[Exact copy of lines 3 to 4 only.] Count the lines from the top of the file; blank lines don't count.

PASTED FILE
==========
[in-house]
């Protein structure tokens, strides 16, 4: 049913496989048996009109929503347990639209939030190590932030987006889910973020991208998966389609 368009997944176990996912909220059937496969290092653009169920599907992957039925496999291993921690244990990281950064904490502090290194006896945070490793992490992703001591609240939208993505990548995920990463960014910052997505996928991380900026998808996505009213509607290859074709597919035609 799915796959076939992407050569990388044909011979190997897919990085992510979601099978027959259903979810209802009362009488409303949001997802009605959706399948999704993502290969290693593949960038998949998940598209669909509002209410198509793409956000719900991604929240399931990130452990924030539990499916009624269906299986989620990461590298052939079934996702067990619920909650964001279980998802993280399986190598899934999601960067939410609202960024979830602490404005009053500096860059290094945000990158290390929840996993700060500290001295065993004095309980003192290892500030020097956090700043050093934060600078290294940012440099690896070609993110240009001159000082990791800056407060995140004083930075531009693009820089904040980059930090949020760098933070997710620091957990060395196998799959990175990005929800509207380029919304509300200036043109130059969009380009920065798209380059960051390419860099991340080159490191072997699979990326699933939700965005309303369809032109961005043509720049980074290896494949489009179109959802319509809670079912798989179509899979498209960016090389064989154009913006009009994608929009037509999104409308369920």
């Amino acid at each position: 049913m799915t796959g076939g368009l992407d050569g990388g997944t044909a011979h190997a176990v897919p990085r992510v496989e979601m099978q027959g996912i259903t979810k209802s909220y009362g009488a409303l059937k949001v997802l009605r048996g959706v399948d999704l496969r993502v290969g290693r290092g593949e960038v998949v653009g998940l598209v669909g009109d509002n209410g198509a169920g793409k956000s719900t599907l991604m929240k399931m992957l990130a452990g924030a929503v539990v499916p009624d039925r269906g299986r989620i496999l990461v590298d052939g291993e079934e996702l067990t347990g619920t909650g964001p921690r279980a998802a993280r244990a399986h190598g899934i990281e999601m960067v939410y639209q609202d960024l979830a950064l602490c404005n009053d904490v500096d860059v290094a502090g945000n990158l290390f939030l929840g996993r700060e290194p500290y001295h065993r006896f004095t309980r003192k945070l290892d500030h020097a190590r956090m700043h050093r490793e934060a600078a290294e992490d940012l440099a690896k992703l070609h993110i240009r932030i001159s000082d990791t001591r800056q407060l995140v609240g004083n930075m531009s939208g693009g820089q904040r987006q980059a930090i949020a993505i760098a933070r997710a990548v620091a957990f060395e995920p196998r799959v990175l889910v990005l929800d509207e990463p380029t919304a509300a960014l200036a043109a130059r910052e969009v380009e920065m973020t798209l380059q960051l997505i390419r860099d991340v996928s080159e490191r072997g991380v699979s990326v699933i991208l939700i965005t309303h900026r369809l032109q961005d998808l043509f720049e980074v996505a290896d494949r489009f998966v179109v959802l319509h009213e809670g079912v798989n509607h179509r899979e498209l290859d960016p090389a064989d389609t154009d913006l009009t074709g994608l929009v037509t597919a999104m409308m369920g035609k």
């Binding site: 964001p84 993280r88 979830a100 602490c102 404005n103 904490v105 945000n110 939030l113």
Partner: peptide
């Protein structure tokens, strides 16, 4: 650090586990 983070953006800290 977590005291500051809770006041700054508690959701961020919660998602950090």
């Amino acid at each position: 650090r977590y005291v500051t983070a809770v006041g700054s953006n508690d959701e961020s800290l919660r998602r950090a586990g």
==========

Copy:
């Amino acid at each position: 049913m799915t796959g076939g368009l992407d050569g990388g997944t044909a011979h190997a176990v897919p990085r992510v496989e979601m099978q027959g996912i259903t979810k209802s909220y009362g009488a409303l059937k949001v997802l009605r048996g959706v399948d999704l496969r993502v290969g290693r290092g593949e960038v998949v653009g998940l598209v669909g009109d509002n209410g198509a169920g793409k956000s719900t599907l991604m929240k399931m992957l990130a452990g924030a929503v539990v499916p009624d039925r269906g299986r989620i496999l990461v590298d052939g291993e079934e996702l067990t347990g619920t909650g964001p921690r279980a998802a993280r244990a399986h190598g899934i990281e999601m960067v939410y639209q609202d960024l979830a950064l602490c404005n009053d904490v500096d860059v290094a502090g945000n990158l290390f939030l929840g996993r700060e290194p500290y001295h065993r006896f004095t309980r003192k945070l290892d500030h020097a190590r956090m700043h050093r490793e934060a600078a290294e992490d940012l440099a690896k992703l070609h993110i240009r932030i001159s000082d990791t001591r800056q407060l995140v609240g004083n930075m531009s939208g693009g820089q904040r987006q980059a930090i949020a993505i760098a933070r997710a990548v620091a957990f060395e995920p196998r799959v990175l889910v990005l929800d509207e990463p380029t919304a509300a960014l200036a043109a130059r910052e969009v380009e920065m973020t798209l380059q960051l997505i390419r860099d991340v996928s080159e490191r072997g991380v699979s990326v699933i991208l939700i965005t309303h900026r369809l032109q961005d998808l043509f720049e980074v996505a290896d494949r489009f998966v179109v959802l319509h009213e809670g079912v798989n509607h179509r899979e498209l290859d960016p090389a064989d389609t154009d913006l009009t074709g994608l929009v037509t597919a999104m409308m369920g035609k």
């Binding site: 964001p84 993280r88 979830a100 602490c102 404005n103 904490v105 945000n110 939030l113």